Abstract 31: Regulation of Acetylation Restores Proteolytic Function in Diseased Myocardium
RATIONALE: Proteasome complexes play essential roles in maintaining cardiac protein homeostasis in normal and stressed conditions. However, proteasomal function is often compromised in diseased myocardium; and the regulation of proteasomal dynamics remains poorly understood.
METHODS AND RESULTS: We studied cardiac proteolytic function and its regulation by acetylation in murine and human models of heart disease. Proteasomes, from both normal and diseased myocardium, were treated with histone de-acetylases (HDACs) inhibitors and they exhibited enhanced proteolytic capacity in vitro and in vivo. This unique regulatory paradigm was first examined in a murine model of ischemic injury (n=5); where diminished proteolytic function in the ischemic hearts was restored by HDACs inhibition (either by SAHA or by Sodium Valproate) in a dose-dependent fashion. Importantly, this phenomenon was validated in human samples, where inhibition of HDACs augmented proteolytic functions in the diseased myocardium (n=5). Using high resolution LC-MS/MS coupled with a combined collision-induced dissociation and electron-transfer dissociation approach, the acetylome (N-terminal and lysine) of cardiac 20S proteasomes was delineated. Targeted enrichment strategy of the posttranslationally modified peptides enabled the capture of eight lysine and nine N-terminal acetylation sites in the murine heart, contributing to the first comprehensive acetylome map for the cardiac 20S proteasomes. Among them, at least six lysine acetylation sites were inducible by HDACs inhibitors. Furthermore, parallel investigations using cardiac 20S proteasomes pinpointed the functional impact of HDAC inhibitions to specific acetylation sites on the 20S proteasomal subunits.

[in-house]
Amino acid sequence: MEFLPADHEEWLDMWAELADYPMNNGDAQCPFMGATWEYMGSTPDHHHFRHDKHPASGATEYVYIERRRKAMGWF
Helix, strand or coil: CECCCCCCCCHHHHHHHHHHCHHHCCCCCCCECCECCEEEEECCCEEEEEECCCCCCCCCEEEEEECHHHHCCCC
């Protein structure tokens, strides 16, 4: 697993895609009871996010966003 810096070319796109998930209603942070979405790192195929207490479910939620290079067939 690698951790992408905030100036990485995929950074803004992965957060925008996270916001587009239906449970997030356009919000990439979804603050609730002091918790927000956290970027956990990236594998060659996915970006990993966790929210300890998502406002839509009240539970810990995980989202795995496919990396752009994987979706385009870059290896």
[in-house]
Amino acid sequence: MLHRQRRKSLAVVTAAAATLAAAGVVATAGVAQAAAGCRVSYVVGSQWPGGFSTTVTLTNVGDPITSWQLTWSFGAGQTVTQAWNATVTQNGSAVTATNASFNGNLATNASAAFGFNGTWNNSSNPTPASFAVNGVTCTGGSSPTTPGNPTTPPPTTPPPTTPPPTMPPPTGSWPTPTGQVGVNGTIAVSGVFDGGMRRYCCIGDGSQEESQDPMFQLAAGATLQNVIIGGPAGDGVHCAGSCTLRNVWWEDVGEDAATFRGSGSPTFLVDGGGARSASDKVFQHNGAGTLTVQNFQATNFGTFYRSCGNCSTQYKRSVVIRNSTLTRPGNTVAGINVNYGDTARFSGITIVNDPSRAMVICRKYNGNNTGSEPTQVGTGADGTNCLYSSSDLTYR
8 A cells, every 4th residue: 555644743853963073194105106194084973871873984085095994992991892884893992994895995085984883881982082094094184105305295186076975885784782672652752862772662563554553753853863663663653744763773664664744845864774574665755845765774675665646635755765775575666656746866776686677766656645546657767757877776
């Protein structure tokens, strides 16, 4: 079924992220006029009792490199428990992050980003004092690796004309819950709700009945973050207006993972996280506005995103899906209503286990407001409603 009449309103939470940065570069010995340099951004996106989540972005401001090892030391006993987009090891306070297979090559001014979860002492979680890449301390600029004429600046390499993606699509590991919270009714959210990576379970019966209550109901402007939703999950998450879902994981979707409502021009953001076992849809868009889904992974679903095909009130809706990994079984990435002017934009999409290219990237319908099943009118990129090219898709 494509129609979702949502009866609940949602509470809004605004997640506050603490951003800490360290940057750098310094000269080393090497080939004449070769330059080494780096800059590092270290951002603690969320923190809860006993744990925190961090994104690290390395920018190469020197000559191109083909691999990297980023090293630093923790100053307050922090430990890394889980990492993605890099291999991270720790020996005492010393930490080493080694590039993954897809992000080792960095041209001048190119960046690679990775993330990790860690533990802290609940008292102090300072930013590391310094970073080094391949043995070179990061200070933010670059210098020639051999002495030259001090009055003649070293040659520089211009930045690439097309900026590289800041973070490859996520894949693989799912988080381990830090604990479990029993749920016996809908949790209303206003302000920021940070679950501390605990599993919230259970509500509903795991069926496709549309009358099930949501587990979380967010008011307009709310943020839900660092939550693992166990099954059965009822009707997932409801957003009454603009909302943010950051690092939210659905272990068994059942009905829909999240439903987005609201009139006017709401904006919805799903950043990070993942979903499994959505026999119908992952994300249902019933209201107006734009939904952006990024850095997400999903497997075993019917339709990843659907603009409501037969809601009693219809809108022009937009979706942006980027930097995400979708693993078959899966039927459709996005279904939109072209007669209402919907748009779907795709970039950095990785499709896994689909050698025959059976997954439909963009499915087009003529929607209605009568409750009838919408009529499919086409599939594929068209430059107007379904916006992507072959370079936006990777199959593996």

CONCLUSIONS: Proteasomal biology is modulated by acetylation modifications in the heart. This regulatory mechanism is punctual and potent; and it was observed both in an acutely pathological murine model of ischemia-reperfusion injury as well as in a chronic human disease of end-stage heart failure. These findings demonstrate the utility of pharmacological interventions (e.g., HDAC inhibition) to restore damaged proteolytic function in diseased myocardium.
- © 2012 by American Heart Association, Inc.